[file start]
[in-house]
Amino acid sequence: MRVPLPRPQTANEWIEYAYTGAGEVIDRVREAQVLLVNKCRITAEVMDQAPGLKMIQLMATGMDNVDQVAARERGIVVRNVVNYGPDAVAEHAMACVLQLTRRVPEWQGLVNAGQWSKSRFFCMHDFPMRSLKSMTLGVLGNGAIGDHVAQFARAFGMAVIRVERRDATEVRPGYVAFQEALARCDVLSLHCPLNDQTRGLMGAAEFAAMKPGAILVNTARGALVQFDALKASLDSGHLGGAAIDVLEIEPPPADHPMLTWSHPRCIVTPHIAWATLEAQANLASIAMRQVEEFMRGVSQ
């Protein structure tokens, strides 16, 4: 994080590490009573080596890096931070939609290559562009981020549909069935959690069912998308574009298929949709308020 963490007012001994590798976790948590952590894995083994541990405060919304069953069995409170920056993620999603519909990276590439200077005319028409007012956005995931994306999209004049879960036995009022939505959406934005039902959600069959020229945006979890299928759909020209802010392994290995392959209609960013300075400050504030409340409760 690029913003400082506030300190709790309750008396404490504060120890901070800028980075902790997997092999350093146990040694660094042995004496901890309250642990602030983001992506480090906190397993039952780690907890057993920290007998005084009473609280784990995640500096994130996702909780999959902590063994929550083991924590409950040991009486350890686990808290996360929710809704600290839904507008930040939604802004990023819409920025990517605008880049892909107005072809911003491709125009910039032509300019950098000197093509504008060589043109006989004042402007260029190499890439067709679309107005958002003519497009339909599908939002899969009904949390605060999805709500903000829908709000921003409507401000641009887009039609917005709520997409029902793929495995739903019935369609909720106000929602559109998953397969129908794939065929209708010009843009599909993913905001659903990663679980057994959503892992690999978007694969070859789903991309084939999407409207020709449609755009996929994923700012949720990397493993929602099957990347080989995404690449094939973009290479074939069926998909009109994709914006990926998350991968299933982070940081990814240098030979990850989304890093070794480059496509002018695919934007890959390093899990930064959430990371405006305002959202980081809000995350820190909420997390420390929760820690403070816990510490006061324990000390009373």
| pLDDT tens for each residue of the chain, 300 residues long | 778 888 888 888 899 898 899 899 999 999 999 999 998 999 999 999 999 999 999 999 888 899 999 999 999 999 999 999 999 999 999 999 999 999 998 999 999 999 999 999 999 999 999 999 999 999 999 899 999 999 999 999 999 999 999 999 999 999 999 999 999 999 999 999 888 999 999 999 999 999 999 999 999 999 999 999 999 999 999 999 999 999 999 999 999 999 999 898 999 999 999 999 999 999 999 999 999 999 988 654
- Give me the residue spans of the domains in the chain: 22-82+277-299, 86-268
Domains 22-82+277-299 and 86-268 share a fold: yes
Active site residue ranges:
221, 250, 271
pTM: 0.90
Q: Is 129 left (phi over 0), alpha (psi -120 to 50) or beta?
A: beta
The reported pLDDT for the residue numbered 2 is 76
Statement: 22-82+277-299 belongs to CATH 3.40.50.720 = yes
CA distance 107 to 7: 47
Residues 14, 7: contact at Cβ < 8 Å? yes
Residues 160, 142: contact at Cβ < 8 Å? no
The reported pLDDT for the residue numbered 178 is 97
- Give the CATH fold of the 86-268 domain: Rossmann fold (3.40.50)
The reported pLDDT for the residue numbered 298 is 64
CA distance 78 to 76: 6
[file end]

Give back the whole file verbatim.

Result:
[in-house]
Amino acid sequence: MRVPLPRPQTANEWIEYAYTGAGEVIDRVREAQVLLVNKCRITAEVMDQAPGLKMIQLMATGMDNVDQVAARERGIVVRNVVNYGPDAVAEHAMACVLQLTRRVPEWQGLVNAGQWSKSRFFCMHDFPMRSLKSMTLGVLGNGAIGDHVAQFARAFGMAVIRVERRDATEVRPGYVAFQEALARCDVLSLHCPLNDQTRGLMGAAEFAAMKPGAILVNTARGALVQFDALKASLDSGHLGGAAIDVLEIEPPPADHPMLTWSHPRCIVTPHIAWATLEAQANLASIAMRQVEEFMRGVSQ
């Protein structure tokens, strides 16, 4: 994080590490009573080596890096931070939609290559562009981020549909069935959690069912998308574009298929949709308020 963490007012001994590798976790948590952590894995083994541990405060919304069953069995409170920056993620999603519909990276590439200077005319028409007012956005995931994306999209004049879960036995009022939505959406934005039902959600069959020229945006979890299928759909020209802010392994290995392959209609960013300075400050504030409340409760 690029913003400082506030300190709790309750008396404490504060120890901070800028980075902790997997092999350093146990040694660094042995004496901890309250642990602030983001992506480090906190397993039952780690907890057993920290007998005084009473609280784990995640500096994130996702909780999959902590063994929550083991924590409950040991009486350890686990808290996360929710809704600290839904507008930040939604802004990023819409920025990517605008880049892909107005072809911003491709125009910039032509300019950098000197093509504008060589043109006989004042402007260029190499890439067709679309107005958002003519497009339909599908939002899969009904949390605060999805709500903000829908709000921003409507401000641009887009039609917005709520997409029902793929495995739903019935369609909720106000929602559109998953397969129908794939065929209708010009843009599909993913905001659903990663679980057994959503892992690999978007694969070859789903991309084939999407409207020709449609755009996929994923700012949720990397493993929602099957990347080989995404690449094939973009290479074939069926998909009109994709914006990926998350991968299933982070940081990814240098030979990850989304890093070794480059496509002018695919934007890959390093899990930064959430990371405006305002959202980081809000995350820190909420997390420390929760820690403070816990510490006061324990000390009373």
| pLDDT tens for each residue of the chain, 300 residues long | 778 888 888 888 899 898 899 899 999 999 999 999 998 999 999 999 999 999 999 999 888 899 999 999 999 999 999 999 999 999 999 999 999 999 998 999 999 999 999 999 999 999 999 999 999 999 999 899 999 999 999 999 999 999 999 999 999 999 999 999 999 999 999 999 888 999 999 999 999 999 999 999 999 999 999 999 999 999 999 999 999 999 999 999 999 999 999 898 999 999 999 999 999 999 999 999 999 999 988 654
- Give me the residue spans of the domains in the chain: 22-82+277-299, 86-268
Domains 22-82+277-299 and 86-268 share a fold: yes
Active site residue ranges:
221, 250, 271
pTM: 0.90
Q: Is 129 left (phi over 0), alpha (psi -120 to 50) or beta?
A: beta
The reported pLDDT for the residue numbered 2 is 76
Statement: 22-82+277-299 belongs to CATH 3.40.50.720 = yes
CA distance 107 to 7: 47
Residues 14, 7: contact at Cβ < 8 Å? yes
Residues 160, 142: contact at Cβ < 8 Å? no
The reported pLDDT for the residue numbered 178 is 97
- Give the CATH fold of the 86-268 domain: Rossmann fold (3.40.50)
The reported pLDDT for the residue numbered 298 is 64
CA distance 78 to 76: 6